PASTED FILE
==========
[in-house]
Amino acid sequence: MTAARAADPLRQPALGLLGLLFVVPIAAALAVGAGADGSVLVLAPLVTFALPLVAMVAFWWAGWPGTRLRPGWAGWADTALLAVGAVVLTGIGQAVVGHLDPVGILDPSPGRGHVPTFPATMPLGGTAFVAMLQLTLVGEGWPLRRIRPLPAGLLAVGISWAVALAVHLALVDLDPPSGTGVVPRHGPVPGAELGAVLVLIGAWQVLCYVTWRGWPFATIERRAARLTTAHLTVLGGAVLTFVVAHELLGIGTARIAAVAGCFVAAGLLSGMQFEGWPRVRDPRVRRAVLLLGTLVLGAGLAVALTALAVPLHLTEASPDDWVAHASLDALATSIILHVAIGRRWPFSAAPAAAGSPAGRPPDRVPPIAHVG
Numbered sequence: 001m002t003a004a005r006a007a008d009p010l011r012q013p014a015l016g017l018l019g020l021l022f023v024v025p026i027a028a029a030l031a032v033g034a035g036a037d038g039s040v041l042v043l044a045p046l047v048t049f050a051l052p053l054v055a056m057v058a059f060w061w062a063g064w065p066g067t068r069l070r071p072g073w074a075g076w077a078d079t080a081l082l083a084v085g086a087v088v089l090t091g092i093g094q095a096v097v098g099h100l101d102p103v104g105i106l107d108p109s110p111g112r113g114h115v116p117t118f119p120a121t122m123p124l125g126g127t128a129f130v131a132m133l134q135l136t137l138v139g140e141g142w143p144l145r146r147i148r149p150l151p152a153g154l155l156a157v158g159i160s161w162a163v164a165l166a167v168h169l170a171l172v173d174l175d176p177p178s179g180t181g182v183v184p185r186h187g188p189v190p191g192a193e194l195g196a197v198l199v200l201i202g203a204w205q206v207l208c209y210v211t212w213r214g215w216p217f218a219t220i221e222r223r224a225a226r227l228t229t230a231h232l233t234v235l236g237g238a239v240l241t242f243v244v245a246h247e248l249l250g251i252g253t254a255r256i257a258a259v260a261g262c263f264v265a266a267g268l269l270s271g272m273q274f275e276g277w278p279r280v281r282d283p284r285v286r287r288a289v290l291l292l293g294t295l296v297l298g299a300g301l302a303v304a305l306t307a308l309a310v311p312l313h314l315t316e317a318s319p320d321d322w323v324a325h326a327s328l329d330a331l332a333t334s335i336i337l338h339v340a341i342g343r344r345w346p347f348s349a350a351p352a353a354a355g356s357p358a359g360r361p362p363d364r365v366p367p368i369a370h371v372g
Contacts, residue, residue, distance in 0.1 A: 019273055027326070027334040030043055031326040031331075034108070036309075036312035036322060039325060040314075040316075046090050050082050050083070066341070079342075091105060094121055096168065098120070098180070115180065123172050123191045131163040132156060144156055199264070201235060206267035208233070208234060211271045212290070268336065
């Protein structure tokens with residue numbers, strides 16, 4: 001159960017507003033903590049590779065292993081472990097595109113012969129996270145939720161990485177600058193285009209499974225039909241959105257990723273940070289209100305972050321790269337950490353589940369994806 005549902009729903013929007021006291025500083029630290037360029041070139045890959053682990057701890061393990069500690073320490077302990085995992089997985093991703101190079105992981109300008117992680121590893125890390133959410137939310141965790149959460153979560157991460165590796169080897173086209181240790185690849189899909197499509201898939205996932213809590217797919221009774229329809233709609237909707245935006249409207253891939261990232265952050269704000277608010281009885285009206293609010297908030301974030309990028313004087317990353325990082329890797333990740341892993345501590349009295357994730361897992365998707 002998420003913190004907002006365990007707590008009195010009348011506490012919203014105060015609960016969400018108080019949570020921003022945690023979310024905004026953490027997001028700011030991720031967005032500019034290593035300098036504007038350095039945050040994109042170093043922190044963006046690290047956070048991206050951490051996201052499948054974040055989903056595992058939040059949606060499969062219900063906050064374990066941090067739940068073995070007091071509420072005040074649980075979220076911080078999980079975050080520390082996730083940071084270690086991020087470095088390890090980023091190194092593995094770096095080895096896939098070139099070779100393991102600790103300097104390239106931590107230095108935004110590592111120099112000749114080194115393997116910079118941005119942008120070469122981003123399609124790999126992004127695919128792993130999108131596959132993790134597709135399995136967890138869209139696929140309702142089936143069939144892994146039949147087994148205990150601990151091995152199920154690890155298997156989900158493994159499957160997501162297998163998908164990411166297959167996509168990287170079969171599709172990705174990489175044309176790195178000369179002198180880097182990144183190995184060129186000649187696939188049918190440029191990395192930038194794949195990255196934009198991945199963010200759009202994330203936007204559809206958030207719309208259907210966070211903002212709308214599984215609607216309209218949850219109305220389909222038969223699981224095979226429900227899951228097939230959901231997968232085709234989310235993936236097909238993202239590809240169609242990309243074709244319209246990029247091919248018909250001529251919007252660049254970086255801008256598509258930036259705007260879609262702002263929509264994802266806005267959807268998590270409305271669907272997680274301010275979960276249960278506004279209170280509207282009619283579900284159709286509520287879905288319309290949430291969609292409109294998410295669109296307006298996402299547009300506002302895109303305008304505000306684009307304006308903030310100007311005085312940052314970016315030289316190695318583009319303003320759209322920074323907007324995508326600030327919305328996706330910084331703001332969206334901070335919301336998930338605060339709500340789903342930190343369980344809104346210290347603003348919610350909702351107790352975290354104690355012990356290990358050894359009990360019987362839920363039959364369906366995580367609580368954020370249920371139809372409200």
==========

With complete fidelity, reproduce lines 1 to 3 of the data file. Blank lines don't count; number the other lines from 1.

[in-house]
Amino acid sequence: MTAARAADPLRQPALGLLGLLFVVPIAAALAVGAGADGSVLVLAPLVTFALPLVAMVAFWWAGWPGTRLRPGWAGWADTALLAVGAVVLTGIGQAVVGHLDPVGILDPSPGRGHVPTFPATMPLGGTAFVAMLQLTLVGEGWPLRRIRPLPAGLLAVGISWAVALAVHLALVDLDPPSGTGVVPRHGPVPGAELGAVLVLIGAWQVLCYVTWRGWPFATIERRAARLTTAHLTVLGGAVLTFVVAHELLGIGTARIAAVAGCFVAAGLLSGMQFEGWPRVRDPRVRRAVLLLGTLVLGAGLAVALTALAVPLHLTEASPDDWVAHASLDALATSIILHVAIGRRWPFSAAPAAAGSPAGRPPDRVPPIAHVG
Numbered sequence: 001m002t003a004a005r006a007a008d009p010l011r012q013p014a015l016g017l018l019g020l021l022f023v024v025p026i027a028a029a030l031a032v033g034a035g036a037d038g039s040v041l042v043l044a045p046l047v048t049f050a051l052p053l054v055a056m057v058a059f060w061w062a063g064w065p066g067t068r069l070r071p072g073w074a075g076w077a078d079t080a081l082l083a084v085g086a087v088v089l090t091g092i093g094q095a096v097v098g099h100l101d102p103v104g105i106l107d108p109s110p111g112r113g114h115v116p117t118f119p120a121t122m123p124l125g126g127t128a129f130v131a132m133l134q135l136t137l138v139g140e141g142w143p144l145r146r147i148r149p150l151p152a153g154l155l156a157v158g159i160s161w162a163v164a165l166a167v168h169l170a171l172v173d174l175d176p177p178s179g180t181g182v183v184p185r186h187g188p189v190p191g192a193e194l195g196a197v198l199v200l201i202g203a204w205q206v207l208c209y210v211t212w213r214g215w216p217f218a219t220i221e222r223r224a225a226r227l228t229t230a231h232l233t234v235l236g237g238a239v240l241t242f243v244v245a246h247e248l249l250g251i252g253t254a255r256i257a258a259v260a261g262c263f264v265a266a267g268l269l270s271g272m273q274f275e276g277w278p279r280v281r282d283p284r285v286r287r288a289v290l291l292l293g294t295l296v297l298g299a300g301l302a303v304a305l306t307a308l309a310v311p312l313h314l315t316e317a318s319p320d321d322w323v324a325h326a327s328l329d330a331l332a333t334s335i336i337l338h339v340a341i342g343r344r345w346p347f348s349a350a351p352a353a354a355g356s357p358a359g360r361p362p363d364r365v366p367p368i369a370h371v372g